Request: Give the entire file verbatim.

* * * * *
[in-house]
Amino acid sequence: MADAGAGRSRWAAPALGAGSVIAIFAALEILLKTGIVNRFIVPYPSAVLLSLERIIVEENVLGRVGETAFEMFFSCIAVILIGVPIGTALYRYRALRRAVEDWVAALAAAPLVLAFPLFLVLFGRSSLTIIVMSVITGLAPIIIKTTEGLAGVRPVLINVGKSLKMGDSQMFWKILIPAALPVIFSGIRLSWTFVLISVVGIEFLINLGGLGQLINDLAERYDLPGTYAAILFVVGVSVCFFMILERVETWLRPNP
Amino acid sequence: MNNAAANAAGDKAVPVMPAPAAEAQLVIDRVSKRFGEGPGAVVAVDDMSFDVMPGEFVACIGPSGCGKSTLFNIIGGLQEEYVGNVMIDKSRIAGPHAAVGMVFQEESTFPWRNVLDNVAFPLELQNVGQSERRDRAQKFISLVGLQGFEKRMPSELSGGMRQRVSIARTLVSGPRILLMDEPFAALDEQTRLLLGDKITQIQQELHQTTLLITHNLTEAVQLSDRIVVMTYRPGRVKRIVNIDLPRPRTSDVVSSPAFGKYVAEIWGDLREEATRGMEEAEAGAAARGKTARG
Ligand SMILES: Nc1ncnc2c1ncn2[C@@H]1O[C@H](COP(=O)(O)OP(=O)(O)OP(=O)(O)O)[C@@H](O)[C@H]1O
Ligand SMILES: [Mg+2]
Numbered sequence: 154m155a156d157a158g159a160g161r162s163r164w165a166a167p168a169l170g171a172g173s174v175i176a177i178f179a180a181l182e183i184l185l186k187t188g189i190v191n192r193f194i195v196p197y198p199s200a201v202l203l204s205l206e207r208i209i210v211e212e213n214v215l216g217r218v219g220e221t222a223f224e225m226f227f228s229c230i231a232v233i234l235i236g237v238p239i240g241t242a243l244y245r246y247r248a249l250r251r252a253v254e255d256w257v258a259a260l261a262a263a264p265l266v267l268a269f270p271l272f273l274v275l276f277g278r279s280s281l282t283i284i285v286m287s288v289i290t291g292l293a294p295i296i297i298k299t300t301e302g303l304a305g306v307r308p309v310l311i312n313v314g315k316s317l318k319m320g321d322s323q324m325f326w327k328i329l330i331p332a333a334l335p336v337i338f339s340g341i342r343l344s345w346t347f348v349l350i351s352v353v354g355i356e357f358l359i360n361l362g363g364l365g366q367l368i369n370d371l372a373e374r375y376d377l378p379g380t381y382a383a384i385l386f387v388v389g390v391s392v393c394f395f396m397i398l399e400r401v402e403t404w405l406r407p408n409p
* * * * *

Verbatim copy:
[in-house]
Amino acid sequence: MADAGAGRSRWAAPALGAGSVIAIFAALEILLKTGIVNRFIVPYPSAVLLSLERIIVEENVLGRVGETAFEMFFSCIAVILIGVPIGTALYRYRALRRAVEDWVAALAAAPLVLAFPLFLVLFGRSSLTIIVMSVITGLAPIIIKTTEGLAGVRPVLINVGKSLKMGDSQMFWKILIPAALPVIFSGIRLSWTFVLISVVGIEFLINLGGLGQLINDLAERYDLPGTYAAILFVVGVSVCFFMILERVETWLRPNP
Amino acid sequence: MNNAAANAAGDKAVPVMPAPAAEAQLVIDRVSKRFGEGPGAVVAVDDMSFDVMPGEFVACIGPSGCGKSTLFNIIGGLQEEYVGNVMIDKSRIAGPHAAVGMVFQEESTFPWRNVLDNVAFPLELQNVGQSERRDRAQKFISLVGLQGFEKRMPSELSGGMRQRVSIARTLVSGPRILLMDEPFAALDEQTRLLLGDKITQIQQELHQTTLLITHNLTEAVQLSDRIVVMTYRPGRVKRIVNIDLPRPRTSDVVSSPAFGKYVAEIWGDLREEATRGMEEAEAGAAARGKTARG
Ligand SMILES: Nc1ncnc2c1ncn2[C@@H]1O[C@H](COP(=O)(O)OP(=O)(O)OP(=O)(O)O)[C@@H](O)[C@H]1O
Ligand SMILES: [Mg+2]
Numbered sequence: 154m155a156d157a158g159a160g161r162s163r164w165a166a167p168a169l170g171a172g173s174v175i176a177i178f179a180a181l182e183i184l185l186k187t188g189i190v191n192r193f194i195v196p197y198p199s200a201v202l203l204s205l206e207r208i209i210v211e212e213n214v215l216g217r218v219g220e221t222a223f224e225m226f227f228s229c230i231a232v233i234l235i236g237v238p239i240g241t242a243l244y245r246y247r248a249l250r251r252a253v254e255d256w257v258a259a260l261a262a263a264p265l266v267l268a269f270p271l272f273l274v275l276f277g278r279s280s281l282t283i284i285v286m287s288v289i290t291g292l293a294p295i296i297i298k299t300t301e302g303l304a305g306v307r308p309v310l311i312n313v314g315k316s317l318k319m320g321d322s323q324m325f326w327k328i329l330i331p332a333a334l335p336v337i338f339s340g341i342r343l344s345w346t347f348v349l350i351s352v353v354g355i356e357f358l359i360n361l362g363g364l365g366q367l368i369n370d371l372a373e374r375y376d377l378p379g380t381y382a383a384i385l386f387v388v389g390v391s392v393c394f395f396m397i398l399e400r401v402e403t404w405l406r407p408n409p